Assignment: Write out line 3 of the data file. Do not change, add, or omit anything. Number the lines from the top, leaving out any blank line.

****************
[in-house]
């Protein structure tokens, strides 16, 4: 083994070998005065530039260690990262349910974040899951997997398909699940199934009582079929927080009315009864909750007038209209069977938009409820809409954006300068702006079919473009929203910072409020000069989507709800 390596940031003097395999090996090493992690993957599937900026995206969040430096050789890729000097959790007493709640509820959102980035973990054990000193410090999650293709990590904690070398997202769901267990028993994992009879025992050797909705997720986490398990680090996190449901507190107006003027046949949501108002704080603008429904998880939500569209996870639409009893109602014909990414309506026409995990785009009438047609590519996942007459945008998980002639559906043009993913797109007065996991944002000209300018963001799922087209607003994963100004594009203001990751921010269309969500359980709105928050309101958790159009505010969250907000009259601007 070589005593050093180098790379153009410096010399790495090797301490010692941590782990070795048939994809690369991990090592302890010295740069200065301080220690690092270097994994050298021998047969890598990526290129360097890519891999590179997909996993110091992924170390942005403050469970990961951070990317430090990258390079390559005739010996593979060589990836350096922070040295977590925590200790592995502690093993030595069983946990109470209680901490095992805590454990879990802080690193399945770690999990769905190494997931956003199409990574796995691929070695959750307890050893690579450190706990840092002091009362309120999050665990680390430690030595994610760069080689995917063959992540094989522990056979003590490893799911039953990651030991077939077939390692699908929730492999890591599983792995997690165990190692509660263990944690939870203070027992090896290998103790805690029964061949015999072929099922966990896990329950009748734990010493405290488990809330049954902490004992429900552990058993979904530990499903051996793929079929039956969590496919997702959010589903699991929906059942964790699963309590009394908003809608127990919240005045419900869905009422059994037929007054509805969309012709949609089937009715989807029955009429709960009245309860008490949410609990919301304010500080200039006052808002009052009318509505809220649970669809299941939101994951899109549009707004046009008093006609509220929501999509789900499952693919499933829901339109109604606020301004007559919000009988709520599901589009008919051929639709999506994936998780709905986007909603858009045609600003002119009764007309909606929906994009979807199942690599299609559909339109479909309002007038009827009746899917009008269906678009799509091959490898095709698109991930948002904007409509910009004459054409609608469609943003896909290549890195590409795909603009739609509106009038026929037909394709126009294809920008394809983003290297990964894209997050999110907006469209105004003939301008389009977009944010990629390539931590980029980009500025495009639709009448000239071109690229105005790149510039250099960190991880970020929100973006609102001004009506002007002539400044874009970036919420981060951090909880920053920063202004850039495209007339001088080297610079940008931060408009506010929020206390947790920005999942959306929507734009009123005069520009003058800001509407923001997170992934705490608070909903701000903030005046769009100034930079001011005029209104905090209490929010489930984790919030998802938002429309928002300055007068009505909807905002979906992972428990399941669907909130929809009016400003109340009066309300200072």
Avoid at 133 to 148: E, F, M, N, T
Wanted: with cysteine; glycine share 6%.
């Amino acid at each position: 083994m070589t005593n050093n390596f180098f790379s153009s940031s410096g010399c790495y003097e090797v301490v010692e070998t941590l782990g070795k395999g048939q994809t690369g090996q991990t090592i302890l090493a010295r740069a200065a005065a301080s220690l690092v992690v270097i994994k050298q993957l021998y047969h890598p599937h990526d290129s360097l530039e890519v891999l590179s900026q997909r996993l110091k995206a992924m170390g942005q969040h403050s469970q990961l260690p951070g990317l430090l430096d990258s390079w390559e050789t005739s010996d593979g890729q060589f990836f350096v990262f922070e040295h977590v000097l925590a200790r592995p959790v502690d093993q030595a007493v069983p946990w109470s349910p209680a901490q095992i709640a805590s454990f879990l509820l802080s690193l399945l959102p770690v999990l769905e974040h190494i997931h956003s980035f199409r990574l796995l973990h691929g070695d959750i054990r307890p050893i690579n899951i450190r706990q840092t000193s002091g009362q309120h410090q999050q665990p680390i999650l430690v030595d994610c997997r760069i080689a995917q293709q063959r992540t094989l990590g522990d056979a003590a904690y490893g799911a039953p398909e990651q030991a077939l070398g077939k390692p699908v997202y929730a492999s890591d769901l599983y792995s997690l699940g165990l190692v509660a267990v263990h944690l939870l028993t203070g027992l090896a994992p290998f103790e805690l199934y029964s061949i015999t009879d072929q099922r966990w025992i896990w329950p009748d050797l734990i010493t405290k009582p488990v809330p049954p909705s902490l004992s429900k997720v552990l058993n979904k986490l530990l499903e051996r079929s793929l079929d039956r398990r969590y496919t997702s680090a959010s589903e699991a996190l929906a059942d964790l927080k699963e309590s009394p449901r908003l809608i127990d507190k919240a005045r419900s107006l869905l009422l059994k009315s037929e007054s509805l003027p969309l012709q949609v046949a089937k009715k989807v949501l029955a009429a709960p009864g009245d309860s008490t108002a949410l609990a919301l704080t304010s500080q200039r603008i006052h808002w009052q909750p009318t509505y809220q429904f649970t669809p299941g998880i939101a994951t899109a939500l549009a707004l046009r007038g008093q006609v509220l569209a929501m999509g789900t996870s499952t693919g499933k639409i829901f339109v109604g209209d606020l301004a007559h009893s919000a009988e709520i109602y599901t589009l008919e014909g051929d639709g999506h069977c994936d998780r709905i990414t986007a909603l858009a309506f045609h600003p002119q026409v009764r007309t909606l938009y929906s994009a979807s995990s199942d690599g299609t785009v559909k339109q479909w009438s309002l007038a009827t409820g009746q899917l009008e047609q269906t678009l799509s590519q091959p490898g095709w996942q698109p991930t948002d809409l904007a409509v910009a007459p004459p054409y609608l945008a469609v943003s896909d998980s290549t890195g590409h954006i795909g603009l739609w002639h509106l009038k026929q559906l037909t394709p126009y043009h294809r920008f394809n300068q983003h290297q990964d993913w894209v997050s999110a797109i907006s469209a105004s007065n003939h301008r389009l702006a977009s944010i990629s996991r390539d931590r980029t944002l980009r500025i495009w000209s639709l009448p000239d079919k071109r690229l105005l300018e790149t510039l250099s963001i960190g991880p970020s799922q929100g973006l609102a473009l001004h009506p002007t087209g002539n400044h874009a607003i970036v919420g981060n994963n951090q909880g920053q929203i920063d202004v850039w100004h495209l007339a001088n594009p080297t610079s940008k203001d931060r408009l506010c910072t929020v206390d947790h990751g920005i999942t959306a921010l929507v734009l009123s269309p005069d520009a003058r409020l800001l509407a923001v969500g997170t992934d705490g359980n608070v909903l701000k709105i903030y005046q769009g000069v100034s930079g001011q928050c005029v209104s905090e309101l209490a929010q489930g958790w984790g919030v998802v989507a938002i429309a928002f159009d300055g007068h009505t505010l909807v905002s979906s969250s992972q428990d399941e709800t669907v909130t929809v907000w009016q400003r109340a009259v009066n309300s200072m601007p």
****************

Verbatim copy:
Avoid at 133 to 148: E, F, M, N, T